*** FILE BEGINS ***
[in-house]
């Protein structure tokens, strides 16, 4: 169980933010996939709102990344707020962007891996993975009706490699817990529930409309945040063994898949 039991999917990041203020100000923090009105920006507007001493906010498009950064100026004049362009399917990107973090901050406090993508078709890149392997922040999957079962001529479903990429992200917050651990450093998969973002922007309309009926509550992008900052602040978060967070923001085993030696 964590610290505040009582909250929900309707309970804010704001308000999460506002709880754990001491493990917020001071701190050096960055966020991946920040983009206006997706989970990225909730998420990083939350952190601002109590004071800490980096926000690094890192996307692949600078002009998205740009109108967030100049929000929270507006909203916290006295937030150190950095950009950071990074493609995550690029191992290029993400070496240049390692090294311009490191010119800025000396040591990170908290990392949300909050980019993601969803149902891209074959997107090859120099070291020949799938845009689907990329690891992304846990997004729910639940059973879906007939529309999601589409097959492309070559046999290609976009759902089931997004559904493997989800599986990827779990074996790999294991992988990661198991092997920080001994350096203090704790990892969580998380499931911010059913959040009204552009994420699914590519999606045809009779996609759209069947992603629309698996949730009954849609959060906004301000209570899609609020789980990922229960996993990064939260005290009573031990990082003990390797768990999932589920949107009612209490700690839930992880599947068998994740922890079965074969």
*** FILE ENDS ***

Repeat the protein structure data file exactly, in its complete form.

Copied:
[in-house]
């Protein structure tokens, strides 16, 4: 169980933010996939709102990344707020962007891996993975009706490699817990529930409309945040063994898949 039991999917990041203020100000923090009105920006507007001493906010498009950064100026004049362009399917990107973090901050406090993508078709890149392997922040999957079962001529479903990429992200917050651990450093998969973002922007309309009926509550992008900052602040978060967070923001085993030696 964590610290505040009582909250929900309707309970804010704001308000999460506002709880754990001491493990917020001071701190050096960055966020991946920040983009206006997706989970990225909730998420990083939350952190601002109590004071800490980096926000690094890192996307692949600078002009998205740009109108967030100049929000929270507006909203916290006295937030150190950095950009950071990074493609995550690029191992290029993400070496240049390692090294311009490191010119800025000396040591990170908290990392949300909050980019993601969803149902891209074959997107090859120099070291020949799938845009689907990329690891992304846990997004729910639940059973879906007939529309999601589409097959492309070559046999290609976009759902089931997004559904493997989800599986990827779990074996790999294991992988990661198991092997920080001994350096203090704790990892969580998380499931911010059913959040009204552009994420699914590519999606045809009779996609759209069947992603629309698996949730009954849609959060906004301000209570899609609020789980990922229960996993990064939260005290009573031990990082003990390797768990999932589920949107009612209490700690839930992880599947068998994740922890079965074969």